Her joy burst forth – As it is a positive exuberance, it did not spoil.
Had this occasion been used rightly, as Darcy has changed, Wickham would have become a normal man in behaviour.
Jane Austen is at her best in writing this para in which Mrs. Bennet’s Joy has burst forth.
Mrs. Bennet’s response to Gardiner’s munificence is exactly the same of all recipients. Violence is its characteristic.
"My dear, dear Lydia!" She cried. "This is delightful indeed! She will be married! I shall see her again! She will be married at sixteen! My good, kind brother! I knew how it would be. I knew he would manage everything! How I long to see her! And to see dear Wickham too? But the clothes, the wedding clothes! I will write to my sister Gardiner about them directly. Lizzy, my dear, run down to your father, and ask him how much he will give her. Stay, stay, I will go myself. Ring the bell, Kitty, for Hill. I will put on my things in a moment. My dear, dear Lydia! -- How merry we shall be together when we meet!"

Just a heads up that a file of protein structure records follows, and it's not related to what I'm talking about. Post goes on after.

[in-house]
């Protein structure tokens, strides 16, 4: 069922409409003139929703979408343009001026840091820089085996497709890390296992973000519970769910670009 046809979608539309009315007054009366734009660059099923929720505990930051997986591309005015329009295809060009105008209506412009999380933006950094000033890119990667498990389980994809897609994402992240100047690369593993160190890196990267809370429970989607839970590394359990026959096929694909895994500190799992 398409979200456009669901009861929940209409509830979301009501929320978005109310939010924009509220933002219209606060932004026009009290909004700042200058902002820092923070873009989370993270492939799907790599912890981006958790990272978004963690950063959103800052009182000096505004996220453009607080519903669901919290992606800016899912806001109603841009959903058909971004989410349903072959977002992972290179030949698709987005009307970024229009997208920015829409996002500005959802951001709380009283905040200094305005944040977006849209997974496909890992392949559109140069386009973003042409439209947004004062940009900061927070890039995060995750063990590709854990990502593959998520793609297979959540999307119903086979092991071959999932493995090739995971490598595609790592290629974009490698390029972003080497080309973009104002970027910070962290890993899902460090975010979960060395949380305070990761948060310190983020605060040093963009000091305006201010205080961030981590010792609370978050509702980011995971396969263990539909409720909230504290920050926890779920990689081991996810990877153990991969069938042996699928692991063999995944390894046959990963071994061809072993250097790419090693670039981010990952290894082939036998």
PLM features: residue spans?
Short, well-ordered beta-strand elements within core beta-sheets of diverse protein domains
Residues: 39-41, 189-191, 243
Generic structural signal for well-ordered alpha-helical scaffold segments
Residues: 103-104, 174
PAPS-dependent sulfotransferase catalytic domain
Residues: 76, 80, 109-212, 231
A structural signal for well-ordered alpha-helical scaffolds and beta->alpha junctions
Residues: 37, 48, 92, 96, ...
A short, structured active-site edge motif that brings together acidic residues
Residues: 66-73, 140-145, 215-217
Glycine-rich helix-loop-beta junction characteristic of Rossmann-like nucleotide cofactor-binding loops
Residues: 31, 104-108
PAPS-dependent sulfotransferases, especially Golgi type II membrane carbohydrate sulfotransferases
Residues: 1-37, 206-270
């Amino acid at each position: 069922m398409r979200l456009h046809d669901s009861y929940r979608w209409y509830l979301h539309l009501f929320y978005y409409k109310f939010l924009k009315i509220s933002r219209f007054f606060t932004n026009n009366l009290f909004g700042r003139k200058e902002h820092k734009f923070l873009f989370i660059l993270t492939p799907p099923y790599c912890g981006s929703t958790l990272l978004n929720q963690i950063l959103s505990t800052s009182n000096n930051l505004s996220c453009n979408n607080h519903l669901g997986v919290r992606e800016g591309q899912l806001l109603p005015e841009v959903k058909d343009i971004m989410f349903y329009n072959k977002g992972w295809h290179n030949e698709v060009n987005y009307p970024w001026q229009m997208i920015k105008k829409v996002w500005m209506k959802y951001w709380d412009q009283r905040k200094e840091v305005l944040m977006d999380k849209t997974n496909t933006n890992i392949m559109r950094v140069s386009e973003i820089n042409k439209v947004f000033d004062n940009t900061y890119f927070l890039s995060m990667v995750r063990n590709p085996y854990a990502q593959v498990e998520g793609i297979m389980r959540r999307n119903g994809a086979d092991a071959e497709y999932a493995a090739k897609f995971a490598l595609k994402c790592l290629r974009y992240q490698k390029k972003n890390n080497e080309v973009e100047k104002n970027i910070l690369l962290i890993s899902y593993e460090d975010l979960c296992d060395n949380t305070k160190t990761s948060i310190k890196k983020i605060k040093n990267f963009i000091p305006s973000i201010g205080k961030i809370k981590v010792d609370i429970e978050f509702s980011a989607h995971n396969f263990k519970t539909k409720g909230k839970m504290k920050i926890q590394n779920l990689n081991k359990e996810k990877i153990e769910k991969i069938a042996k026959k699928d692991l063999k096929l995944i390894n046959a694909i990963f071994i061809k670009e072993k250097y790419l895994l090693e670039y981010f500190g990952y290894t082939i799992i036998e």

Mr. Bennet has not communicated the contents of the letter to others. Mrs. Bennet, on receiving the information, is experiencing the irritation of the violence of delight
Her eldest daughter endeavoured to give some relief to the violence of these transports, by leading her thoughts to the obligations which Mr. Gardiner's behaviour laid them all under.
"For we must attribute this happy conclusion," she added, "in a great measure to his kindness. We are persuaded that he has pledged himself to assist Mr. Wickham with money."
"Well," cried her mother, "it is all very right; who should do it but her own uncle? If he had not had a family of his own, I and my children must have had all his money, you know; and it is the first time we have ever had anything from him, except a few presents. Well! I am so happy! In a short time I shall have a daughter married. Mrs. Wickham! -- how well it sounds! And she was only sixteen last June. -- My dear Jane, I am in such a flutter, that I am sure I can't write; so I will dictate, and you write for me. We will settle with your father about the money afterwards; but the things should be ordered immediately."